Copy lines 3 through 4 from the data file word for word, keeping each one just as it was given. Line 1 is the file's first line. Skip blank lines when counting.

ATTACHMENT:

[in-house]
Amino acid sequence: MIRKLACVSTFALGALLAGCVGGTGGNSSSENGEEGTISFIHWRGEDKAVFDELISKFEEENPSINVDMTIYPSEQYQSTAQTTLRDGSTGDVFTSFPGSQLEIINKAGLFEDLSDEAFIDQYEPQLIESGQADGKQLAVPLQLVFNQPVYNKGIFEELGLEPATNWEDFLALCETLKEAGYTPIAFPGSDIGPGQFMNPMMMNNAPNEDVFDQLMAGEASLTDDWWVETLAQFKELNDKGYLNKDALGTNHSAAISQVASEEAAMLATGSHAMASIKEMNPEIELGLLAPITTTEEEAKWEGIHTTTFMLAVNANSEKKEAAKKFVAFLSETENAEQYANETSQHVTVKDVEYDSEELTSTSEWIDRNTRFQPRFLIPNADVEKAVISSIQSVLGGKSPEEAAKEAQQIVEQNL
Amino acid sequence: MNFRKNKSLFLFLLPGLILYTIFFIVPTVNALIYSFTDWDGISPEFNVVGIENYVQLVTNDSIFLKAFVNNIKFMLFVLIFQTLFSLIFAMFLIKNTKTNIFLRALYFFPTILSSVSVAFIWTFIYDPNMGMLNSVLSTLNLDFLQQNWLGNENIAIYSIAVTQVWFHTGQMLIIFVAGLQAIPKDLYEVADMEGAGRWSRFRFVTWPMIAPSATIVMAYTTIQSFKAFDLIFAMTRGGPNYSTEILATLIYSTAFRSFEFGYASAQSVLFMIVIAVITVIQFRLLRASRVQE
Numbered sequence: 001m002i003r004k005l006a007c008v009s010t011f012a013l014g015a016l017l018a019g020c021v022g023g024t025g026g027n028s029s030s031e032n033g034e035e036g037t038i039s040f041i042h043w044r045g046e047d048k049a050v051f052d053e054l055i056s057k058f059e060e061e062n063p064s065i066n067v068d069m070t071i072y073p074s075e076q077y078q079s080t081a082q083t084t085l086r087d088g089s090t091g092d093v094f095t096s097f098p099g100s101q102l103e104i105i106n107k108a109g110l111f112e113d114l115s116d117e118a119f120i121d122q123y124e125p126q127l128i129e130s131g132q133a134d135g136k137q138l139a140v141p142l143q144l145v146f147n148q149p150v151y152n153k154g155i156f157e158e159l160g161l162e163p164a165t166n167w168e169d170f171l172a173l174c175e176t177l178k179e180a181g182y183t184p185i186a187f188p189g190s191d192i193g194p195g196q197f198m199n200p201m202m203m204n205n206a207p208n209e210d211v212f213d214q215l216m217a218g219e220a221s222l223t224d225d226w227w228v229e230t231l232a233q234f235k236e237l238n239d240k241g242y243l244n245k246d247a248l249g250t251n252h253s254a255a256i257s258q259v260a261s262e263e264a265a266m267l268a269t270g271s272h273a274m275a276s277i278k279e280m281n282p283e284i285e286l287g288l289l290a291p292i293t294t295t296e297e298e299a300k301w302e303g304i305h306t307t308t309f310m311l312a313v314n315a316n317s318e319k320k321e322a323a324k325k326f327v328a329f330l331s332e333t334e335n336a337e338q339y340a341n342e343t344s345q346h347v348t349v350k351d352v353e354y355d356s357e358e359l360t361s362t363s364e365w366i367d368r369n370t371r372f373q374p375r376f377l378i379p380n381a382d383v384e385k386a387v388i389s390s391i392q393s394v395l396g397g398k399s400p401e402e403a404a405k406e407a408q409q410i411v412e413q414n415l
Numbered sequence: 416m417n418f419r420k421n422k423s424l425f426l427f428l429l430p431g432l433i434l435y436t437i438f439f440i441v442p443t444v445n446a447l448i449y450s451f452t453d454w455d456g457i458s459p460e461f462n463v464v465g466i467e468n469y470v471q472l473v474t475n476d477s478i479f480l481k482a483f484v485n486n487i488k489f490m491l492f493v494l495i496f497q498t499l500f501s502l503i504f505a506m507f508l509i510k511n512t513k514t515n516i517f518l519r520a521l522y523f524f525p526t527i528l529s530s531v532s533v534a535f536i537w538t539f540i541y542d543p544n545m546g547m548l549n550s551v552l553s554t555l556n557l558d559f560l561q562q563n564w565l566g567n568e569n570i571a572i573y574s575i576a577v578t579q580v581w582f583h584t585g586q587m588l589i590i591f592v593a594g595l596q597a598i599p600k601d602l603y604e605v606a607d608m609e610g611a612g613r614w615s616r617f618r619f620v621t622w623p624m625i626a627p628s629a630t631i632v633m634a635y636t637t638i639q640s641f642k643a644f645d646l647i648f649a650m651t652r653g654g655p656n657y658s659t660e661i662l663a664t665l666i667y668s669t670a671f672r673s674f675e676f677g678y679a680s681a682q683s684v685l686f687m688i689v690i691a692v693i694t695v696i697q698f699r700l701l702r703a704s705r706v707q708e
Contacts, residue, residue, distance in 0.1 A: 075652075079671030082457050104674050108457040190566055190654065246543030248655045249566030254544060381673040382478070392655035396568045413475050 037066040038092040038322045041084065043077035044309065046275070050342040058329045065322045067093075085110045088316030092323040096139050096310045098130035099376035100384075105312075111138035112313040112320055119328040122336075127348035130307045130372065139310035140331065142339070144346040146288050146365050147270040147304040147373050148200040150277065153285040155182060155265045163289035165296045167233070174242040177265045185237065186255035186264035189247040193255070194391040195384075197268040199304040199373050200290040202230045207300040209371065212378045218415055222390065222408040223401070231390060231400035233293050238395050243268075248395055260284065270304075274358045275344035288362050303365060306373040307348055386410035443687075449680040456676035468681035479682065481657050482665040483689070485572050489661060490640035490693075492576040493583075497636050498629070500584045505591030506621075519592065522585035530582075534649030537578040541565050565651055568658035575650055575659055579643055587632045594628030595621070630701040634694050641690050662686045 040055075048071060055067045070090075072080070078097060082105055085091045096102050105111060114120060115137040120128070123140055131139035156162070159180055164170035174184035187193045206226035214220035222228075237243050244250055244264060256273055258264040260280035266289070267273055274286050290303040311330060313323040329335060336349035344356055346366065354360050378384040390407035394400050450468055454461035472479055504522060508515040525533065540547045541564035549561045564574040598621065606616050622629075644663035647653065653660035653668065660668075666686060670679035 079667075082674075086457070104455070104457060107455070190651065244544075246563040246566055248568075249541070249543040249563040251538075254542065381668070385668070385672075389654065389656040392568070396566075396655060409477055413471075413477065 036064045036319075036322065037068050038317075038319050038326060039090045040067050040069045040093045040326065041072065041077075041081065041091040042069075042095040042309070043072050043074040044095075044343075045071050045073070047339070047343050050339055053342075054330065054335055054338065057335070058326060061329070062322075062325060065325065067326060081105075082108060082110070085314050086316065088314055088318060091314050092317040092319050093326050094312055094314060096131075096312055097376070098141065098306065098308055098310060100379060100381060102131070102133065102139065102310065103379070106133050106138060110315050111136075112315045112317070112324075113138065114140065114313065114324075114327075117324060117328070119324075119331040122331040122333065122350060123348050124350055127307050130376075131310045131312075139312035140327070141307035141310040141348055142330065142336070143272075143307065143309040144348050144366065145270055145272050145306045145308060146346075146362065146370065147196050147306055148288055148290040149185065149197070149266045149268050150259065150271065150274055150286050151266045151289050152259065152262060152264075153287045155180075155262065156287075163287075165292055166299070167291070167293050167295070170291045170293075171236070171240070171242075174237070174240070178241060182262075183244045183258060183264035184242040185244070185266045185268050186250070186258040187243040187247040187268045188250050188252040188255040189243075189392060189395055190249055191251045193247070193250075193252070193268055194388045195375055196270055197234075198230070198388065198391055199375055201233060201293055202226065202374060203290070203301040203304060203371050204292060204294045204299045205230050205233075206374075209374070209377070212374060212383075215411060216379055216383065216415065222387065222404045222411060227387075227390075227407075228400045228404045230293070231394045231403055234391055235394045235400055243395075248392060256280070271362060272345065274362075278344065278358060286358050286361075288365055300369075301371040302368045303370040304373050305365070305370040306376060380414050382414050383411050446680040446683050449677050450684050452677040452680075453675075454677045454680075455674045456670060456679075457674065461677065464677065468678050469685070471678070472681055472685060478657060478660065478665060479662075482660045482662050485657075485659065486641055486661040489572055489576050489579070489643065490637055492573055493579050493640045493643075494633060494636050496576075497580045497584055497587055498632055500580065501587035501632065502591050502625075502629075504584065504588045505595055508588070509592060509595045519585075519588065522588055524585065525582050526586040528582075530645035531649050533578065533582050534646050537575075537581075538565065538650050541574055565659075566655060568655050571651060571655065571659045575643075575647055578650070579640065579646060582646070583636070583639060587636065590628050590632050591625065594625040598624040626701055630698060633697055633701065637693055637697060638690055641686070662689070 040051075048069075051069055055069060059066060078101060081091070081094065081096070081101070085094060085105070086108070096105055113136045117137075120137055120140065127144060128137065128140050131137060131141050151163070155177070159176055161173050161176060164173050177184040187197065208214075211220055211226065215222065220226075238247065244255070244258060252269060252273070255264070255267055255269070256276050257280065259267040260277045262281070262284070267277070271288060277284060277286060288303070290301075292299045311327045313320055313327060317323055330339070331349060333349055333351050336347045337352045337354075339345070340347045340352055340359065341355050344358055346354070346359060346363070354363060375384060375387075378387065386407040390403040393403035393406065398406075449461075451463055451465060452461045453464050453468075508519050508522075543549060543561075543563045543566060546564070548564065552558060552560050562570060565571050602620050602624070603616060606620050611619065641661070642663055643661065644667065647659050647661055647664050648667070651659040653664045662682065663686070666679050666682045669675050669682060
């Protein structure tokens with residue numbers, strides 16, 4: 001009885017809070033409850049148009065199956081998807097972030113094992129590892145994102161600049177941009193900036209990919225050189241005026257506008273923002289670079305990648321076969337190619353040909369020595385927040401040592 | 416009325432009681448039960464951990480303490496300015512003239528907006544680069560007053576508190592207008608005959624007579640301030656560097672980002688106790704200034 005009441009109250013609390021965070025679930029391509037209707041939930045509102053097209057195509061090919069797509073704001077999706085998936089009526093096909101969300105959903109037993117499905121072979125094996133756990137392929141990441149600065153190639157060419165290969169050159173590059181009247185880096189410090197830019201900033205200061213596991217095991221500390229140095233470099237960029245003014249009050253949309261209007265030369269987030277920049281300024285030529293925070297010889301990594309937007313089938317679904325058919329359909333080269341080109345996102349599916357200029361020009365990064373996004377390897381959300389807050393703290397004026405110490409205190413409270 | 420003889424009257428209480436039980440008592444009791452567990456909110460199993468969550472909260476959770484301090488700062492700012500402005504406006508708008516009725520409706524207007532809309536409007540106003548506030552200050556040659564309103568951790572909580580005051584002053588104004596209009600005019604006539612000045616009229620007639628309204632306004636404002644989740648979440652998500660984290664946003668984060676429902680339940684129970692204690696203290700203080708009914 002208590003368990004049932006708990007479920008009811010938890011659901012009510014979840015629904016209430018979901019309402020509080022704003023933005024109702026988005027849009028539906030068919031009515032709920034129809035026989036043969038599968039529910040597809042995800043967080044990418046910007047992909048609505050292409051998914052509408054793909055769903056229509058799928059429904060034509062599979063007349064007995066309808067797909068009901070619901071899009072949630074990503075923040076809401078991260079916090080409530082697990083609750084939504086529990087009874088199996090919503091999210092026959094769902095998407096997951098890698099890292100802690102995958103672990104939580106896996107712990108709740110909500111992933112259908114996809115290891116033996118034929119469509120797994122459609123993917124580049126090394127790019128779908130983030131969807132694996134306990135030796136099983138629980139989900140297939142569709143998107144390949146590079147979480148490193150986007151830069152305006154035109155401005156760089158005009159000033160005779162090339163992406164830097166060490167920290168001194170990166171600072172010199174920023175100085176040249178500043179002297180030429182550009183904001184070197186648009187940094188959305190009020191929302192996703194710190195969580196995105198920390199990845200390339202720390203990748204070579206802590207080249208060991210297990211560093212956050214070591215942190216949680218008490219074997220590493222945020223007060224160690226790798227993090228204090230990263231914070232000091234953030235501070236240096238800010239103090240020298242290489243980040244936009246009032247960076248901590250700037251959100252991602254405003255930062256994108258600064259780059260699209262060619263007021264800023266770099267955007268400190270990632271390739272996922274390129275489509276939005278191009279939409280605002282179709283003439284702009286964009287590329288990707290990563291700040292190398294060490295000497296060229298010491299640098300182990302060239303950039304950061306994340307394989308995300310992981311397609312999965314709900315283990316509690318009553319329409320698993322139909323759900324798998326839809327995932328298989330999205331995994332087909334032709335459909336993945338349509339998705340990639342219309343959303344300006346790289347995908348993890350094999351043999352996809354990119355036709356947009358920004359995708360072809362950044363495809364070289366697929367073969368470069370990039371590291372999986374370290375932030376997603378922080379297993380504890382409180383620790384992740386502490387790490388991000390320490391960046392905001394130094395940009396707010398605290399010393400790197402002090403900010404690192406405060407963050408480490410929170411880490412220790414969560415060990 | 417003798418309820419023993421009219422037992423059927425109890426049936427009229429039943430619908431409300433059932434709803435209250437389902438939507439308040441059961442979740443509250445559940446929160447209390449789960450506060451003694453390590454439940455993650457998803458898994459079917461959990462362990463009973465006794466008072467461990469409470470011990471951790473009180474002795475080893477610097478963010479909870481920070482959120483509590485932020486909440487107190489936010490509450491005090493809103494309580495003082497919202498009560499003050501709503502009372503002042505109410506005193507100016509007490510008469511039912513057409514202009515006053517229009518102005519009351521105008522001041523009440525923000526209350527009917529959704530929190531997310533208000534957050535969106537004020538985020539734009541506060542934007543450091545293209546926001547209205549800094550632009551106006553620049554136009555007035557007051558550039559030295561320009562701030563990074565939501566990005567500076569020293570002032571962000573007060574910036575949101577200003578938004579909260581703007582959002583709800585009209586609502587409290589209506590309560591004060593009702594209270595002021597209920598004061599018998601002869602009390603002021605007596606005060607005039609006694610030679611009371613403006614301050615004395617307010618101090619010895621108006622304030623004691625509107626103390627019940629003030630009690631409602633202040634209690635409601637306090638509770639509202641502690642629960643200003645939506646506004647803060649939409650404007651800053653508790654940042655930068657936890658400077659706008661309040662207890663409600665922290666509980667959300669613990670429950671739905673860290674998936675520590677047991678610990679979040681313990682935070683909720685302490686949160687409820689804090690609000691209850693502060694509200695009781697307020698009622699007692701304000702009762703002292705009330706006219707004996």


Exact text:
Amino acid sequence: MNFRKNKSLFLFLLPGLILYTIFFIVPTVNALIYSFTDWDGISPEFNVVGIENYVQLVTNDSIFLKAFVNNIKFMLFVLIFQTLFSLIFAMFLIKNTKTNIFLRALYFFPTILSSVSVAFIWTFIYDPNMGMLNSVLSTLNLDFLQQNWLGNENIAIYSIAVTQVWFHTGQMLIIFVAGLQAIPKDLYEVADMEGAGRWSRFRFVTWPMIAPSATIVMAYTTIQSFKAFDLIFAMTRGGPNYSTEILATLIYSTAFRSFEFGYASAQSVLFMIVIAVITVIQFRLLRASRVQE
Numbered sequence: 001m002i003r004k005l006a007c008v009s010t011f012a013l014g015a016l017l018a019g020c021v022g023g024t025g026g027n028s029s030s031e032n033g034e035e036g037t038i039s040f041i042h043w044r045g046e047d048k049a050v051f052d053e054l055i056s057k058f059e060e061e062n063p064s065i066n067v068d069m070t071i072y073p074s075e076q077y078q079s080t081a082q083t084t085l086r087d088g089s090t091g092d093v094f095t096s097f098p099g100s101q102l103e104i105i106n107k108a109g110l111f112e113d114l115s116d117e118a119f120i121d122q123y124e125p126q127l128i129e130s131g132q133a134d135g136k137q138l139a140v141p142l143q144l145v146f147n148q149p150v151y152n153k154g155i156f157e158e159l160g161l162e163p164a165t166n167w168e169d170f171l172a173l174c175e176t177l178k179e180a181g182y183t184p185i186a187f188p189g190s191d192i193g194p195g196q197f198m199n200p201m202m203m204n205n206a207p208n209e210d211v212f213d214q215l216m217a218g219e220a221s222l223t224d225d226w227w228v229e230t231l232a233q234f235k236e237l238n239d240k241g242y243l244n245k246d247a248l249g250t251n252h253s254a255a256i257s258q259v260a261s262e263e264a265a266m267l268a269t270g271s272h273a274m275a276s277i278k279e280m281n282p283e284i285e286l287g288l289l290a291p292i293t294t295t296e297e298e299a300k301w302e303g304i305h306t307t308t309f310m311l312a313v314n315a316n317s318e319k320k321e322a323a324k325k326f327v328a329f330l331s332e333t334e335n336a337e338q339y340a341n342e343t344s345q346h347v348t349v350k351d352v353e354y355d356s357e358e359l360t361s362t363s364e365w366i367d368r369n370t371r372f373q374p375r376f377l378i379p380n381a382d383v384e385k386a387v388i389s390s391i392q393s394v395l396g397g398k399s400p401e402e403a404a405k406e407a408q409q410i411v412e413q414n415l